Next time you're on Oahu's North Shore, take a few minutes to check out "the
hole in the rock," as locals refer to it. This "hidden" sea arch (there are
no signs pointing the way) was created on April 1, 1946, when a tsunami
blasted a hole in the middle of this sandstone island that sits right off
La'ie Point and left behind this grand, natural sight. From the point, you
have a stunning view of other nearby islands and Oahu's windward coastline.
Crashing waves add to the drama and beauty of this exposed point, but take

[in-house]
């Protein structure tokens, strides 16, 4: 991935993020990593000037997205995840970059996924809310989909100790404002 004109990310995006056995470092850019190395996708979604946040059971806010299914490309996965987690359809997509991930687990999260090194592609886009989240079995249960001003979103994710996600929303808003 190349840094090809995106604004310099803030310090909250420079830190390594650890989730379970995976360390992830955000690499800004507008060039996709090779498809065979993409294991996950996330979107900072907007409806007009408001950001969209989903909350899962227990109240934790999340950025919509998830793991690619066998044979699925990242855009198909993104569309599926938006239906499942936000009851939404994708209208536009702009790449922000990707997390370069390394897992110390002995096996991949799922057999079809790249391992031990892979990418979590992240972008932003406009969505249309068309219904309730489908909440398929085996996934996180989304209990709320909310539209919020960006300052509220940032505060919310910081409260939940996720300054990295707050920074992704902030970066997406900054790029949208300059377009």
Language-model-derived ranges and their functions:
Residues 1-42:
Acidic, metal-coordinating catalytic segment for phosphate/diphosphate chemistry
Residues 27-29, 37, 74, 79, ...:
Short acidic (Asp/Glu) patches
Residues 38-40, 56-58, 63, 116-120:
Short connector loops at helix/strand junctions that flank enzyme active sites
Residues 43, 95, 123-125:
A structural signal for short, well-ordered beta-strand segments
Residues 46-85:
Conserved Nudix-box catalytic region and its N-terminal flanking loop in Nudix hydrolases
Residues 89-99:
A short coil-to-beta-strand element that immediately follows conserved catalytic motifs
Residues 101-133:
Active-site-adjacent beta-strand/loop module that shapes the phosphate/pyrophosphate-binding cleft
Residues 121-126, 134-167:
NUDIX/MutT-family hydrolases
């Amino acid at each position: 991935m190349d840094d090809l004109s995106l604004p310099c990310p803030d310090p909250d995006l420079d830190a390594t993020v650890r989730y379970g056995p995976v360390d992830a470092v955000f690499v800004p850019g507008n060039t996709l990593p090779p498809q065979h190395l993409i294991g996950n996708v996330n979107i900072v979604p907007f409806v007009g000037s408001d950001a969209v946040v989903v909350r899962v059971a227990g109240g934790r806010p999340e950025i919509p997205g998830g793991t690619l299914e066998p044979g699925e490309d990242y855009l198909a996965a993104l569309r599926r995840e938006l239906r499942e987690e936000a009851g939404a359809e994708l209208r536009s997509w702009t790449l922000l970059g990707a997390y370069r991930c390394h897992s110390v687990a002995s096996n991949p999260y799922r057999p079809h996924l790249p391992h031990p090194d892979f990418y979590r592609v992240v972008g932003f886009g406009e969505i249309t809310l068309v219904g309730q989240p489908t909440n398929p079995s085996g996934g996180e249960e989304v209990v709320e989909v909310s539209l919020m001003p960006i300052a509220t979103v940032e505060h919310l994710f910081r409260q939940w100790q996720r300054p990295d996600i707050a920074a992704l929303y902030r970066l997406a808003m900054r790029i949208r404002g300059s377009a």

care walking along the slippery rocks.
La'ie Point is located just past the Polynesian Cultural Center in La'ie
(which, itself, is well worth a visit -- allow yourself a couple of hours to
see this center; it offers re-created villages and cultural demonstrations
from the islands of Hawaii, Samoa, New Zealand, Fiji, Tahiti, the Marquesas
and Tonga). To find the point, head west along Route 83, take a right at the
stoplight in Anemoku, take another right onto Maupaka and follow the road to
Posted by Kari Bodnarchuk, Globe Correspondent